Bone Gap starts off as a chilling small town mystery with Finn O’Sullivan at the helm. Finn isn’t your typical teenage boy. He has nicknames like Mooney and Space Cadet because of his dreamy personality. Finn was an easily likable character. He had his own ideals and quirks that made him stand out. There were many character that demanded your attention. Roza, in her horrifying situation. Priscilla with her fierceness.  Sean with his disbelief and broken heart. This is one of those books you could read over and over and find new depth every single time.

I mentioned before that Bone Gap wasn’t really what I was expecting it to be. I was in no way expecting fantastical elements. When these started popping up I was a bit confused but I think the story has such a good flow that the out of the blue strangeness just works.

I listened to Bone Gap on audio. It’s narrated by Dan Bittner and he does an incredible job. He manages to capture everyone’s personality in their voice. With just a slight change he could turn the story to haunting and then back again. He is an amazing talent and I look forward to listening to more audiobooks featuring  him.

This book was a thrilling treat. I was permanently on the edge of my seat. It’s an odd book about a small town with secrets. If you’re in the mood for something different pick Bone Gap by Laura Ruby up right away.

Review: Extraordinary Means by Robyn Schneider

Review: Extraordinary Means by Robyn SchneiderExtraordinary Means by Robyn Schneider
on May 26, 2015
Genres: Contemporary, Young Adult
Format: eARC
Source: Edelweiss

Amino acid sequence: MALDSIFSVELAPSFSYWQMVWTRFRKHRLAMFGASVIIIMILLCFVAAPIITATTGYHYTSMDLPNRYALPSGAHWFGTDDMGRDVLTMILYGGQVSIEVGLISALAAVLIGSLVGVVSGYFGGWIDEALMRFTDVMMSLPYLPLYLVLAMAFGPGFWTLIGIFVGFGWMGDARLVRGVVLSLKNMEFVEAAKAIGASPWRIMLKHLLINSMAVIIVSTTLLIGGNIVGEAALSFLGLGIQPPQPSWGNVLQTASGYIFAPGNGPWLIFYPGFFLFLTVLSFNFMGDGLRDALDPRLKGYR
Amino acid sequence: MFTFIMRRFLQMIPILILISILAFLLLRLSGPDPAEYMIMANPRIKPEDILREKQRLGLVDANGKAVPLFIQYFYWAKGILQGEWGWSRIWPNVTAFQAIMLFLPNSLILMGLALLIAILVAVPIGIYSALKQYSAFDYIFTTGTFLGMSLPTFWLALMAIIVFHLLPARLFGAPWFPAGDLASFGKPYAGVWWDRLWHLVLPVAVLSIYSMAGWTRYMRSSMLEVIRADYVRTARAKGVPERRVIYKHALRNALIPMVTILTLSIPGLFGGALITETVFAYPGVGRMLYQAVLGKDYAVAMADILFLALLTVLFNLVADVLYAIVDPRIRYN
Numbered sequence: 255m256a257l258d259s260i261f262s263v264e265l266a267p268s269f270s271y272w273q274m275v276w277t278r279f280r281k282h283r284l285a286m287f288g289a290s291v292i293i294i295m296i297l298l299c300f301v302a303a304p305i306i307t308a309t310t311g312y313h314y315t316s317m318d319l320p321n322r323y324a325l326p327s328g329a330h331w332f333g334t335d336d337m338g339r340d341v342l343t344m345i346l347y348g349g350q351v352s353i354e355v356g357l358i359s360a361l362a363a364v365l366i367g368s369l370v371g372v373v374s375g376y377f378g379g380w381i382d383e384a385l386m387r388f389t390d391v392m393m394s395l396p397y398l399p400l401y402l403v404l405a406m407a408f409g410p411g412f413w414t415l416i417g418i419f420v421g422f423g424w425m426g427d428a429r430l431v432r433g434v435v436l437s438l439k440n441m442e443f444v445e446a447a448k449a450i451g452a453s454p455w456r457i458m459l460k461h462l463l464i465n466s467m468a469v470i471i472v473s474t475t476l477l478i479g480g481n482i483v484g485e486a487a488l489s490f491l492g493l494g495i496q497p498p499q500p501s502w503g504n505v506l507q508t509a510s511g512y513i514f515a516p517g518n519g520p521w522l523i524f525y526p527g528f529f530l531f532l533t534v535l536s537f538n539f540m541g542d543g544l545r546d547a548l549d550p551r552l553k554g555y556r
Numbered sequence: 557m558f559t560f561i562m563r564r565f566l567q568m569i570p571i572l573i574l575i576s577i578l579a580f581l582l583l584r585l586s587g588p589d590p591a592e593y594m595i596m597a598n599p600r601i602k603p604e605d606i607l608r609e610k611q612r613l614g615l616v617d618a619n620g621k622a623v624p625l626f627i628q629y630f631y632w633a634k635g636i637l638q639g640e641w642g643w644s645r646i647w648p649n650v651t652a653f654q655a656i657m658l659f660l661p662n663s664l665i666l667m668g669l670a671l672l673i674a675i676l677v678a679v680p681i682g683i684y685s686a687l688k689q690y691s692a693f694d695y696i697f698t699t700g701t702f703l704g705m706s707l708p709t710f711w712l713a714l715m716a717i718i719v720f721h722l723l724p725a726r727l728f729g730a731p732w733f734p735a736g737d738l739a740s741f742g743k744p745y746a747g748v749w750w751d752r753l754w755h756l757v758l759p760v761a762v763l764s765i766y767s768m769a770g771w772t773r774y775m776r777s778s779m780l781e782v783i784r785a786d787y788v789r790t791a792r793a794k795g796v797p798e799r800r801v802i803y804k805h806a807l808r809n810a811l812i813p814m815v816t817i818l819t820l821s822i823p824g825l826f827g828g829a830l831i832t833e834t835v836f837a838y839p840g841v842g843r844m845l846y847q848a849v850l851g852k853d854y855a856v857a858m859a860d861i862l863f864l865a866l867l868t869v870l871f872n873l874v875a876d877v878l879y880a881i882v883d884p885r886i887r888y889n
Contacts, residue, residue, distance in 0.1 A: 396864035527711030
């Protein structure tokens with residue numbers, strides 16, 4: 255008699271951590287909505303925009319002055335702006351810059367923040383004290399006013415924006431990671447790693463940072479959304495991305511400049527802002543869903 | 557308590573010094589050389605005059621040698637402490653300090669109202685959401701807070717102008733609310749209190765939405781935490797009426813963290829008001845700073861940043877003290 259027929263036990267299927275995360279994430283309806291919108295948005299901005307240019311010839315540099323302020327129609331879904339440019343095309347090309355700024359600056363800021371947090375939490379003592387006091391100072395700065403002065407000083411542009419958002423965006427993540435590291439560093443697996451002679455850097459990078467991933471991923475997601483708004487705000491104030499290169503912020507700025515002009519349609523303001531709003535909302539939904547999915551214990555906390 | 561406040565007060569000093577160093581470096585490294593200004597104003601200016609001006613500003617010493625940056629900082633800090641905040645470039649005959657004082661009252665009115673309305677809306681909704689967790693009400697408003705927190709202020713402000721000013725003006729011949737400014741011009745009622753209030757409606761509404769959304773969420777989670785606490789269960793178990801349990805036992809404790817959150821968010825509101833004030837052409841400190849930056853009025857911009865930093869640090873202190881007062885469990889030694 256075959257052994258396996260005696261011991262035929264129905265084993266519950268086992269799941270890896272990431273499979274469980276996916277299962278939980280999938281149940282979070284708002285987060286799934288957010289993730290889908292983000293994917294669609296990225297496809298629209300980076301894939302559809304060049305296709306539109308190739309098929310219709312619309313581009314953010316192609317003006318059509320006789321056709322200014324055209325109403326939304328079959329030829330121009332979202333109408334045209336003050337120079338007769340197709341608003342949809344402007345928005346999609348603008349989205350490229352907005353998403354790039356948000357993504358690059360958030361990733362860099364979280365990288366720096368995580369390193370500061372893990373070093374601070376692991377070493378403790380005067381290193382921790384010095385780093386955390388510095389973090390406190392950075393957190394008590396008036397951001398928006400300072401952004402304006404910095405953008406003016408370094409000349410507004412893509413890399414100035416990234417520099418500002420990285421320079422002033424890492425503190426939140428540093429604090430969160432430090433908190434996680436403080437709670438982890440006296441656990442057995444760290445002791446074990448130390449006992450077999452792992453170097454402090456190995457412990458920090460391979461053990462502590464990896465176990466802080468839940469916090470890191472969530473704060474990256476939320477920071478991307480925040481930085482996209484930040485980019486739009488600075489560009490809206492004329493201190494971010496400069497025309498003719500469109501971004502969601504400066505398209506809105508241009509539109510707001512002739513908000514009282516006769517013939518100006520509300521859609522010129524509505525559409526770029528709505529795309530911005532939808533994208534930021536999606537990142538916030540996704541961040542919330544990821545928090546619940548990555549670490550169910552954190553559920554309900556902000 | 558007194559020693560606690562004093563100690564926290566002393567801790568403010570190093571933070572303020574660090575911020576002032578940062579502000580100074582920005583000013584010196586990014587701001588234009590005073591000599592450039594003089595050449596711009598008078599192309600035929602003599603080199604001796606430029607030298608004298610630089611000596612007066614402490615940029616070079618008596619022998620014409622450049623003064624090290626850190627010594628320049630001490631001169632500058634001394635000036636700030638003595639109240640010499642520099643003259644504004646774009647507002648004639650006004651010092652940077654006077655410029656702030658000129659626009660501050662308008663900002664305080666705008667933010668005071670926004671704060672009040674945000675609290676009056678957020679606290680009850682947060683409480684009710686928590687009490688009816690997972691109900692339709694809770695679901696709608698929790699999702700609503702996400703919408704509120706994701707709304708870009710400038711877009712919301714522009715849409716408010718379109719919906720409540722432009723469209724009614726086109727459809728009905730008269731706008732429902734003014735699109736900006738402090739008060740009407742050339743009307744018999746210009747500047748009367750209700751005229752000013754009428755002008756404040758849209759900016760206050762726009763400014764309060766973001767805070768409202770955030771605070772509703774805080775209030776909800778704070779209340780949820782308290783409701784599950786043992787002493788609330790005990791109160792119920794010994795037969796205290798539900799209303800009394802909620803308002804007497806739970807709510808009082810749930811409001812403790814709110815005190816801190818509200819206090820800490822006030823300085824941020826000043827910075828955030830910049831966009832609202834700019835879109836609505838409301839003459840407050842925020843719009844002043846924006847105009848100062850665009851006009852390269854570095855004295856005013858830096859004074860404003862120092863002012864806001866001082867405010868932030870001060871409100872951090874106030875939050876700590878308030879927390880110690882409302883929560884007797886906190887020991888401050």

3 Stars

From the author of The Beginning of Everything: two teens with a deadly disease fall in love on the brink of a cure.

At seventeen, overachieving Lane finds himself at Latham House, a sanatorium for teens suffering from an incurable strain of tuberculosis. Part hospital and part boarding school, Latham is a place of endless rules and confusing rituals, where it’s easier to fail breakfast than it is to flunk French.

There, Lane encounters a girl he knew years ago. Instead of the shy loner he remembers, Sadie has transformed. At Latham, she is sarcastic, fearless, and utterly compelling. Her friends, a group of eccentric troublemakers, fascinate Lane, who has never stepped out of bounds his whole life. And as he gradually becomes one of them, Sadie shows him their secrets: how to steal internet, how to sneak into town, and how to disable the med sensors they must wear at all times.

But there are consequences to having secrets, particularly at Latham House. And as Lane and Sadie begin to fall in love and their group begins to fall sicker, their insular world threatens to come crashing down. Told in alternating points of view, Extraordinary Means is a darkly funny story about doomed friendships, first love, and the rare miracle of second chances.


I’ve been excited to read this book for quite some time. The Beginning of Everything was a fabulous book that I recommended to everyone. So of course I had some high hopes for Extraordinary Means. Unfortunately I didn’t like it as much as I wanted to.

Extraordinary Means wasn’t quite what I was expecting. I had the impression that the characters had something cancer like and were being treated in a hospital. That’s not the case at all. Robyn Schneider has created a fictional form of tuberculosis that is drug resistant. I was really fascinated by this. The characters aren’t in a hospital either. They’re in a boarding school like sanatorium.

While I thought the basis for the story was great, I just couldn’t connect with the characters as much as I wanted to. Lane and Sadie’s relationship was sweet but it fell flat for me. Sadie went from secretly hating Lane to swooning over him rather quickly. I also found the characters to be unnecessarily reckless with their health and the health of others. That might just be the mom in me coming out though.

I also felt the story was pretty predictable. I guessed the ending very early on and then it just felt like I was going through the motions to finish it.

I adored The Beginning of Everything so much that I will definitely be reading any future books by Robyn Schnieder. Probably not with as much excitement and anticipation as I did with Extraordinary Means.


The Beginning of Everything by Robyn Schneider
Before I Die by Jenny Downham
The Fault in Our Stars by John Green